The contemporary concept of sovereignty was first introduced by Jean Bodin with his treatise Six Books on the Republic published in 1576. (Bodin) Bodin was a product of the Reformation era and among the first to notice the relationship between goods and the amount of money in circulation published his book. His book the Six Books on the Republic rested on the main idea was that sovereignty is the absolute and perpetual power vested in the commonwealth. The idea that sovereignty is absolute means that it is indivisible yet still has limits. For example sovereignty is only exercised in the public sphere not the private sphere. Furthermore Bodin explains that sovereignty is perpetual meaning that terminate once the holder is nonexistent, thus it is not anyone’s particular property and can exist on its own.
Bodin’s theories of sovereignty laid the groundwork for other philosophers. Jean- Jacques Rousseau’s concept of social contract further expands on the idea of sovereignty. Rousseau was during the Enlightenment Era and a Geneva philosopher. His most influential work Social Contract examines and provides the structure for a political order. Rousseau proposed that nature was without law and without morality. Furthermore as society developed, humans needed to cooperate to benefit each other thus creating division of labor and creation of private property which then required humans to have institutions of law in order to govern these new developments. However man’s survival is in competition with other fellow humans and at the same time increasing dependent on other humans.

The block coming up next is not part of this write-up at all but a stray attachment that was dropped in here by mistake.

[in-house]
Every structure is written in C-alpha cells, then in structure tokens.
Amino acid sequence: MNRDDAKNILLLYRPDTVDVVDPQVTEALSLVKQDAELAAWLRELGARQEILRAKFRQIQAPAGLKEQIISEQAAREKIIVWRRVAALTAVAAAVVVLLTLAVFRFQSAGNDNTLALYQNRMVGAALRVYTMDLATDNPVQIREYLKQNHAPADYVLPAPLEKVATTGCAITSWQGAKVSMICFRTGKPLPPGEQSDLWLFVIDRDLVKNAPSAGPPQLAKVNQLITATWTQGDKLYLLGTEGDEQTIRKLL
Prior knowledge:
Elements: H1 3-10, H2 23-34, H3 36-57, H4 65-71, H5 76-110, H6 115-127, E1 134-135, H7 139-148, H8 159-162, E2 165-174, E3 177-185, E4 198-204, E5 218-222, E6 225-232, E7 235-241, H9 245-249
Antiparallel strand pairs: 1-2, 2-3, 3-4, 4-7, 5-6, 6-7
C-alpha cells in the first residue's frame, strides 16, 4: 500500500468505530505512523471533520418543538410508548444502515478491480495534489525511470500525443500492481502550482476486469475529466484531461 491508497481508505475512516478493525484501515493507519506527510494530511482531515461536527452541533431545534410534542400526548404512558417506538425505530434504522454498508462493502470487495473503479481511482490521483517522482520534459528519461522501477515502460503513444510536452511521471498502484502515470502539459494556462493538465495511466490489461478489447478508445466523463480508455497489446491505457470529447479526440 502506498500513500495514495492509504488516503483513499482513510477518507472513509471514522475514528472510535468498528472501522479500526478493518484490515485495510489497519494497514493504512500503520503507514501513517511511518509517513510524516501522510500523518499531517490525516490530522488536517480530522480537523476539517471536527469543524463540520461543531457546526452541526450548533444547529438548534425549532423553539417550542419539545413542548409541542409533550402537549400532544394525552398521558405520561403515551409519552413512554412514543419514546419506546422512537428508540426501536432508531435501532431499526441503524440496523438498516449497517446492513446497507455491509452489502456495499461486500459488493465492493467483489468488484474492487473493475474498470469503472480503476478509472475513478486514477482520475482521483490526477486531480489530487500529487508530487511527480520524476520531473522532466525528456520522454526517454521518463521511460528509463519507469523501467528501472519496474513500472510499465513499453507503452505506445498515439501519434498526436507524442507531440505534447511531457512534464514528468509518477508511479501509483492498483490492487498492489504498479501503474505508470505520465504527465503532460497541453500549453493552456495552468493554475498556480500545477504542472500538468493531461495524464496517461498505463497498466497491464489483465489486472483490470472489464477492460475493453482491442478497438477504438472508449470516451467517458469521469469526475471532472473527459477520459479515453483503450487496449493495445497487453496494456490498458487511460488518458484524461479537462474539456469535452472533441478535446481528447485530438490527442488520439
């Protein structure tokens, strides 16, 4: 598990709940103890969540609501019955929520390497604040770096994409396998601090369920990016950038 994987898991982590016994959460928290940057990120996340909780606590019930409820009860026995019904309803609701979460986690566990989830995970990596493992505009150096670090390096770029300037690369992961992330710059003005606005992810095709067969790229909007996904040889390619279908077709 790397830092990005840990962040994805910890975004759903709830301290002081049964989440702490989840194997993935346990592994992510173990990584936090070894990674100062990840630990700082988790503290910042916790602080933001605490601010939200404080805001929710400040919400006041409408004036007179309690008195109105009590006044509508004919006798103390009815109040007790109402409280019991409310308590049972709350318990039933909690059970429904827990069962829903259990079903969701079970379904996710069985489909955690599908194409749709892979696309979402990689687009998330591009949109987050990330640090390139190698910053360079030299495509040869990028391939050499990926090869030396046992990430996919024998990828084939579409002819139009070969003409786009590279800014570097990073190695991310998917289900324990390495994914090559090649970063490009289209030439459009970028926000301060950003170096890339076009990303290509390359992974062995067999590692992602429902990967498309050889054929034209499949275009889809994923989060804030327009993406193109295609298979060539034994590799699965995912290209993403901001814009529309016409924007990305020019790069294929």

Rousseau’s opening lines are very dramatic “Man is born free, and everywhere he is in chains. One man thinks himself the master of others, but remains more of a slave than they are.” In order to remain free, man must agree together to the social contract and abandon their respective natural right. This is due to the fact that submission to the authority of general...